Both teams were out to settle the scores after a previous draw but unbelievably the two sides drew again 27-all in Bloemfontein. These matches were definitely a disappointment for the Wallabies as they wanted to be able to close out the game in these tight contests, which they had struggled to do in 2017.

Another victory over Argentina away from home was their final game of The Rugby Championship, which put them in second place one point ahead of the Springboks. Two wins, two draws and two losses summed up a fairly mediocre campaign, but there were signs of potential and the introduction of young players like Lukhan Tui and Jordan Uelese showed this was a developing side that was building depth for the future.

Following the Rugby Championship was Australia’s biggest highlight of 2017, and probably their most meaningful win in recent years. The Wallabies broke the drought against their rivals from across the Tasman in the third Bledisloe Cup test thanks to man of the match Reece Hodge. A late penalty from Hodge cemented a 23 – 18 win.

The Wallabies then took on a Barbarians side in Sydney which was stacked with fellow Australians, giving Cheika a good look at the players at his disposal before the end of year tour. The Wallabies ended up winning the exhibition match 31 – 28 and was our first look at many players in gold such as Duncan Paia’aua, Bill Meakes, Liam Wright and more.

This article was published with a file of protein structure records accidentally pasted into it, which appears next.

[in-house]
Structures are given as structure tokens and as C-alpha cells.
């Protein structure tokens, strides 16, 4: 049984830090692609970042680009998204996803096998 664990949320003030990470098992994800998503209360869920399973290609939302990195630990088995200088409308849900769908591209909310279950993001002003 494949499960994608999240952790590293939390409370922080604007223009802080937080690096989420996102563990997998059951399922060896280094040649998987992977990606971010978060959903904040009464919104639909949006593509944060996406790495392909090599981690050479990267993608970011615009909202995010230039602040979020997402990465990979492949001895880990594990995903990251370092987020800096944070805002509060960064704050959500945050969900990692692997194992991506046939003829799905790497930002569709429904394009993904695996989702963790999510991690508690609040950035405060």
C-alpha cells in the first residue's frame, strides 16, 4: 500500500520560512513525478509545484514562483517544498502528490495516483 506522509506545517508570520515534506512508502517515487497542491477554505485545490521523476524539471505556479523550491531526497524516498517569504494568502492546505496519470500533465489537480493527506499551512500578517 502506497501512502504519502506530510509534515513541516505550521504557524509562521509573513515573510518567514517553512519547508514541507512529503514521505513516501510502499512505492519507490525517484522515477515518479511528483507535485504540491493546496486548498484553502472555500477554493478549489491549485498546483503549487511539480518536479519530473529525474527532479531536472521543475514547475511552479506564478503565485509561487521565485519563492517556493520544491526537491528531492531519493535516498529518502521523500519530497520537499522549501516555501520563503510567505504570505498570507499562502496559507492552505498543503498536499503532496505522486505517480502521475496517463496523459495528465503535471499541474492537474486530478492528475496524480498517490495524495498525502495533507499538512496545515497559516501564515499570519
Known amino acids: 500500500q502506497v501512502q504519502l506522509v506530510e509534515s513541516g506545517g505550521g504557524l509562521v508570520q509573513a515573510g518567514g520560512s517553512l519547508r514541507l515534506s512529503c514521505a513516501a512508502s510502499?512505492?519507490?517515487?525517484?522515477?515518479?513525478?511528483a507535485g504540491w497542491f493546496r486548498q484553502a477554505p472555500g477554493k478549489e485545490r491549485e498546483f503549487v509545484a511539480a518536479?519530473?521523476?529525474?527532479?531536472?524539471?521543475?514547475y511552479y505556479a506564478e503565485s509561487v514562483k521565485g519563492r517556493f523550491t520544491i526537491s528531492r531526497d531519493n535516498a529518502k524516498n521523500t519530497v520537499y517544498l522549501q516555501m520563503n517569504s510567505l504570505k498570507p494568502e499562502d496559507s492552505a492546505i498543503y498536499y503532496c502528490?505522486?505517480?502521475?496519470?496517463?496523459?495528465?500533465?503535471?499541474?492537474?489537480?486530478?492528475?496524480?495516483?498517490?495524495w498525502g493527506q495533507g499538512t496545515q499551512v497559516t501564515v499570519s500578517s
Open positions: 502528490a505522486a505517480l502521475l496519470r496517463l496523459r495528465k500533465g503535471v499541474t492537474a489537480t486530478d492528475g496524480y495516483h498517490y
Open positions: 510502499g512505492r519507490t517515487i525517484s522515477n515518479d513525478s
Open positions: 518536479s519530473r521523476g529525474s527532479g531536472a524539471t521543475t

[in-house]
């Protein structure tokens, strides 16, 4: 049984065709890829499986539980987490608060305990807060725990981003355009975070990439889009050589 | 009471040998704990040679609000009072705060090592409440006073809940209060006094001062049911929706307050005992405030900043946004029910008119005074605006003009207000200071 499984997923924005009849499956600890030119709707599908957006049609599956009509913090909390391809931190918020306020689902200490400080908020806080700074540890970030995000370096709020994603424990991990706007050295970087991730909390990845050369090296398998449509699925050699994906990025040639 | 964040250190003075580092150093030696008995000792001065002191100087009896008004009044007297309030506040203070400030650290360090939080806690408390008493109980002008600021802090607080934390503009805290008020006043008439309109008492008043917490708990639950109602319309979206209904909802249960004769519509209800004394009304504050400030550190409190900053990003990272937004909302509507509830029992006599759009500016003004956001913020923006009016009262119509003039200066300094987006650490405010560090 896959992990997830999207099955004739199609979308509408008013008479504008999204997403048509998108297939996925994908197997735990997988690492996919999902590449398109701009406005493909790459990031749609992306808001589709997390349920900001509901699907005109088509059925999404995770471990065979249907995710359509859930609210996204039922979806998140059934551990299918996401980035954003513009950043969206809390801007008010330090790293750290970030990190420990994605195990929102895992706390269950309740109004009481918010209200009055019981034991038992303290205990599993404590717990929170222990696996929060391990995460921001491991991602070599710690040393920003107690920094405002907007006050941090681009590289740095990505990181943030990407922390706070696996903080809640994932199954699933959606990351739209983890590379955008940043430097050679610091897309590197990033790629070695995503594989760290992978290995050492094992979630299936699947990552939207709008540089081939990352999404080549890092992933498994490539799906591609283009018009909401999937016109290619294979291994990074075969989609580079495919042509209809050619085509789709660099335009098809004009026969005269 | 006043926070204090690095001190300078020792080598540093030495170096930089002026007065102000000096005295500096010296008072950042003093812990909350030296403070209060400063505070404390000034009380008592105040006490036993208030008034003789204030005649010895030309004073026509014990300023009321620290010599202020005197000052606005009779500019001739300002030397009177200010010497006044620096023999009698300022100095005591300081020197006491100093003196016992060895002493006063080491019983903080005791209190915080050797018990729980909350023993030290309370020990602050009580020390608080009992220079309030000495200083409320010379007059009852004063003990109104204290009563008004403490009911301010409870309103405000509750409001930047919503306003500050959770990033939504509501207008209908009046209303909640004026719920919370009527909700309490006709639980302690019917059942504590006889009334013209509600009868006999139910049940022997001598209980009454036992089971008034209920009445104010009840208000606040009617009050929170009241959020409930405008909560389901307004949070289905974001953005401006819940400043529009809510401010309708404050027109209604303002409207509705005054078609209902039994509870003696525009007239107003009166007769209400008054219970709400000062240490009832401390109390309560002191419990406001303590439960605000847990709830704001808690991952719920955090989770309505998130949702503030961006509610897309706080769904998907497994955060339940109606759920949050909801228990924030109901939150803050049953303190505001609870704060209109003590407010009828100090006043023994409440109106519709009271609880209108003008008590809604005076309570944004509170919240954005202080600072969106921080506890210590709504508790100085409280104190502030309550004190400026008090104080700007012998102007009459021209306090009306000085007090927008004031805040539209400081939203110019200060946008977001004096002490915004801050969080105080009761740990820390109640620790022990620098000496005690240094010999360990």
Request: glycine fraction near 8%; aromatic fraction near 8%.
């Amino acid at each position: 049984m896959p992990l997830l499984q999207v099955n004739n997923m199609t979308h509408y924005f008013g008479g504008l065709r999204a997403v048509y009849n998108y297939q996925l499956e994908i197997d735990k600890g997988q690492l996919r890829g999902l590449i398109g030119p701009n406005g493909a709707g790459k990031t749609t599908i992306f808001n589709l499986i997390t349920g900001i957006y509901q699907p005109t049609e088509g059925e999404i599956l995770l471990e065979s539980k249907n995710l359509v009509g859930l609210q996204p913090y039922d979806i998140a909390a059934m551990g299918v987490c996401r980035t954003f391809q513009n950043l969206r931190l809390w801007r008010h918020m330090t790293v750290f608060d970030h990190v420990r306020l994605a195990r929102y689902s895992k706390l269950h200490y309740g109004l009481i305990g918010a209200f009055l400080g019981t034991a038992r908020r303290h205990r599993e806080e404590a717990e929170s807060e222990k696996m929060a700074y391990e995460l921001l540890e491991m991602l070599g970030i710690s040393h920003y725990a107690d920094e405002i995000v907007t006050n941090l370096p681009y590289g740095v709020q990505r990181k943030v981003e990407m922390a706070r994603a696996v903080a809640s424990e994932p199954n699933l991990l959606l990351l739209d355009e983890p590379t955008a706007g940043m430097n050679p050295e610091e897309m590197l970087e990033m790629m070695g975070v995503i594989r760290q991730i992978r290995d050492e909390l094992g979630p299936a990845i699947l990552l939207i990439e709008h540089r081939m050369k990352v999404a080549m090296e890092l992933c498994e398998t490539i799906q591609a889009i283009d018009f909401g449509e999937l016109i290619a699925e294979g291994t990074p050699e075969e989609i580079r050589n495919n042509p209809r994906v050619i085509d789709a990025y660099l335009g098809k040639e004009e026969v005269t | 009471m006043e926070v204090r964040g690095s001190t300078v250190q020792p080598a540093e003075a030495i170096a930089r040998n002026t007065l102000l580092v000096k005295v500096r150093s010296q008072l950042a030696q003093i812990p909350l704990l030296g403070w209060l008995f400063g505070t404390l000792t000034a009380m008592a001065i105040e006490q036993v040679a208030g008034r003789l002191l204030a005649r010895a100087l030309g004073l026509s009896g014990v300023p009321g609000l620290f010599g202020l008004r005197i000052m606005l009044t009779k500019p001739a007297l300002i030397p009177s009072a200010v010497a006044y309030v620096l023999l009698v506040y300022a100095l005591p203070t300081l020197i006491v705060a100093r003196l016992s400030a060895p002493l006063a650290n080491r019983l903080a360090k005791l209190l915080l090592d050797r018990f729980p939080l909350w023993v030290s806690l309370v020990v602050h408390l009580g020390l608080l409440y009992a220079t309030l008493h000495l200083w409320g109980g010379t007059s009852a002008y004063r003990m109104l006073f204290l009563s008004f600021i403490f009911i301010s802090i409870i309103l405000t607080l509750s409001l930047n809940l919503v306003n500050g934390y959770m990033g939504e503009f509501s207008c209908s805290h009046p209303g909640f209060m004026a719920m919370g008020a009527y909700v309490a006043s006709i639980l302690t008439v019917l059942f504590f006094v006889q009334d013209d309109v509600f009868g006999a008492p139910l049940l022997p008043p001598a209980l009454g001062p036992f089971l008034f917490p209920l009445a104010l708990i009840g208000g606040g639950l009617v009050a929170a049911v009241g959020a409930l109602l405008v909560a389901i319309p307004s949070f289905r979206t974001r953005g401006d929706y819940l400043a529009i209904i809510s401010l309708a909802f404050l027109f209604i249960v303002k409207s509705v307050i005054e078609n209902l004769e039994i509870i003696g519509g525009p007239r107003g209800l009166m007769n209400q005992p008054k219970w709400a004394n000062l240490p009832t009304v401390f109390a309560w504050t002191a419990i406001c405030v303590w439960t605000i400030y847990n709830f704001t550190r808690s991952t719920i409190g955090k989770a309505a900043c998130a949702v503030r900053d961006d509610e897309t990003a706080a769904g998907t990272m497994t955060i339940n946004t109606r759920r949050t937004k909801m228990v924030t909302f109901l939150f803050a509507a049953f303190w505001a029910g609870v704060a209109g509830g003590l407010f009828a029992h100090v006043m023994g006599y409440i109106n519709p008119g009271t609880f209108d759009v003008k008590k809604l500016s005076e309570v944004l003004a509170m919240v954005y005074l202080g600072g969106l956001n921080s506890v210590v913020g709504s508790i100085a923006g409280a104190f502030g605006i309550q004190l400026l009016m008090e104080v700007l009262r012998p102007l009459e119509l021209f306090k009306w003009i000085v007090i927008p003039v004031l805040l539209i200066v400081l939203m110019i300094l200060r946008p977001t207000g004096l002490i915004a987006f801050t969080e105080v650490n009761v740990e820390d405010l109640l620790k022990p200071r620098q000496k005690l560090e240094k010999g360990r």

On their way to the UK the Wallabies stopped in Japan where they beat the Cherry Blossoms in a predictable 63 – 30 win. The Wallabies started their tour of the UK strongly by continuing their winning run against Wales with a 29 – 21 victory.

The end of their tour didn’t end as smoothly, as they lost 30 – 6 to England despite some extremely questionable refereeing decisions. Things didn’t get any better for them the following week as they were demolished 53 – 24 by Scotland. It didn’t help that they were playing with a man down for half the game but Michael Cheika made it clear that they can’t blame that for their collapse.

Overall, it was a frustrating year for Australia as they struggled to build momentum. The victory over the All Blacks was a big moment for them, but when they get demolished two weeks in a row just a month later they can’t be holding onto that.